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Why Not Mirror In The Volume Manager?

As I talk to users and vendors about their data protection schemes, I've noticed that many organizations protect their mission-critical applications by synchronously mirroring data from a primary array to a secondary array. They then replicate from the secondary array off-site, or off-campus, asynchronously to a third target. As I think about this architecture, I've started wondering if companies might not be better off mirroring to the primary and secondary arrays directly from their servers, rather than replicating synchronously.

While host volume managers may have been originally designed to support one or more DAS (direct-attached storage)-connected JBODs (just a bunch of disks), the process of using a volume manager with external RAID arrays is nothing new. Back in the dark ages, I had to connect a couple of Windows NT 3.5 servers to an early EMC Symmetrix system via HVD (high-voltage differential) SCSI.

The first thing I learned on this project was the little lesson that plugging the HVD cable into the server's single-ended SCSI port was a bad idea. (It released the magic blue smoke that makes all computers work when contained in those little chip packages.) I then discovered that the Symmetrix presented its RAID-S (an old EMC thing you don't want to know more about) volumes as a 9GB drive, so to make a 45GB NTFS volume I had to aggregate the 9GB drives using Windows volume manager.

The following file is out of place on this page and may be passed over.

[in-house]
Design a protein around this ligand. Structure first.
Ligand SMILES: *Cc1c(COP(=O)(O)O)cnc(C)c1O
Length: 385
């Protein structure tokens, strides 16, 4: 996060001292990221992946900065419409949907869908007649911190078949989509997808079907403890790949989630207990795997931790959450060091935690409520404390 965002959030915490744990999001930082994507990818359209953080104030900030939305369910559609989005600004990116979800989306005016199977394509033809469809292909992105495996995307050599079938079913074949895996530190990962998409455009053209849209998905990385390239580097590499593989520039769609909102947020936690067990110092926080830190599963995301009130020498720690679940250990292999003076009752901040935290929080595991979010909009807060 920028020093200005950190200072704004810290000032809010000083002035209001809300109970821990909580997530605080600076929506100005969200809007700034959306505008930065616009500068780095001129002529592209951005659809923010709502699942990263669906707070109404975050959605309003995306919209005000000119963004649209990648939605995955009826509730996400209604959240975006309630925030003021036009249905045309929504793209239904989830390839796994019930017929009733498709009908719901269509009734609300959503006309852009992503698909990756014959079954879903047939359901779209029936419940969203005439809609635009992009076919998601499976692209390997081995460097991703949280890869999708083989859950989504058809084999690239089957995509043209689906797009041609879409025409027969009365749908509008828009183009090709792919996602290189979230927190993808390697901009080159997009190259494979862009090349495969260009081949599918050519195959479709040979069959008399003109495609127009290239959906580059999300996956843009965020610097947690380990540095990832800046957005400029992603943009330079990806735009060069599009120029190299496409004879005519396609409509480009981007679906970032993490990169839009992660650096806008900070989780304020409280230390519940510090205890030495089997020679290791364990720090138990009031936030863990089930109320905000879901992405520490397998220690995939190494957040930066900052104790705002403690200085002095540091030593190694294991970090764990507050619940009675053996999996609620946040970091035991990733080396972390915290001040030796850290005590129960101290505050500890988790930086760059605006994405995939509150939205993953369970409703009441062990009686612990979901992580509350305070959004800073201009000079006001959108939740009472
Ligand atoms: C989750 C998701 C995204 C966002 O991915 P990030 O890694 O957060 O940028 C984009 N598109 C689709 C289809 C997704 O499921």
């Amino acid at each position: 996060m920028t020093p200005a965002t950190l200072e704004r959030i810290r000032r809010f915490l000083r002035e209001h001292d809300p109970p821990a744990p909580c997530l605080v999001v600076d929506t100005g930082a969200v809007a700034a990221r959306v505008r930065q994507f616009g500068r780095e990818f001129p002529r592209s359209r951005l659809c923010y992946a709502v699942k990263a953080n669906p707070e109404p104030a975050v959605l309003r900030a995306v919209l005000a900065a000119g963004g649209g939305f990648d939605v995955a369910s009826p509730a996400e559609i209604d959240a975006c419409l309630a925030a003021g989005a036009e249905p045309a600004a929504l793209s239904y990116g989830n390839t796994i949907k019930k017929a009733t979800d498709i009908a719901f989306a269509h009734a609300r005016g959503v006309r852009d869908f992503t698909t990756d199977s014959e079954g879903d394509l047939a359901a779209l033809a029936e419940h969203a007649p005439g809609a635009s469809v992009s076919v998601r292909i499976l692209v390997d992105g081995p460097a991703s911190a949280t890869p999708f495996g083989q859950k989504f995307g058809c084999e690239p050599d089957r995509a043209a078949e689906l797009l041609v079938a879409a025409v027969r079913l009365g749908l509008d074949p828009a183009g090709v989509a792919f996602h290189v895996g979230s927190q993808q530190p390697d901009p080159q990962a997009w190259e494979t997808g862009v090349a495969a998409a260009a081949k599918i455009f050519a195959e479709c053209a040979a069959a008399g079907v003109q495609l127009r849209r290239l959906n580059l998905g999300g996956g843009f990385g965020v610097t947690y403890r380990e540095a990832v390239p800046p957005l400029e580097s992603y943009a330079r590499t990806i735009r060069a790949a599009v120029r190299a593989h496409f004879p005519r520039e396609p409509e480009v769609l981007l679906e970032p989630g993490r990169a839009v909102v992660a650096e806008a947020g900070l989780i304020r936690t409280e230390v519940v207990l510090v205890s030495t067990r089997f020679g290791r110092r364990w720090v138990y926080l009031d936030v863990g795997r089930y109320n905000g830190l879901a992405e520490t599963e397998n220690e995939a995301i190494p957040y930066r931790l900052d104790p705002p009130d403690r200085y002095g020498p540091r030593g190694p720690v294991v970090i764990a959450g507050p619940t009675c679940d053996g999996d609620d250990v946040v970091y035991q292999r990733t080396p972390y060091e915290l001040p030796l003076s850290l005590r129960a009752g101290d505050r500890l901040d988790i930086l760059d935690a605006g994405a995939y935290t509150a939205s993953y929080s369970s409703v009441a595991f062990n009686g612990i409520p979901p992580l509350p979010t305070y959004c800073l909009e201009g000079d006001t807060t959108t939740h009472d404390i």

Back in the present, I can see some significant advantages to host mirroring over synchronous replication. The most significant is how the system behaves in the event of an array failure. In the replicating example, servers will lose their connections to their data volumes and the administrator will have to manually reconnect them to the "crash consistent" copy on the secondary array. The volume manager, on the other hand, should see an array failure as the failure of one of a mirrored pair of drives and continue limping along.

The other big advantage is, of course, cost. Most array vendors charge a significant amount for their replication software, where most host operating systems include volume managers free of charge.

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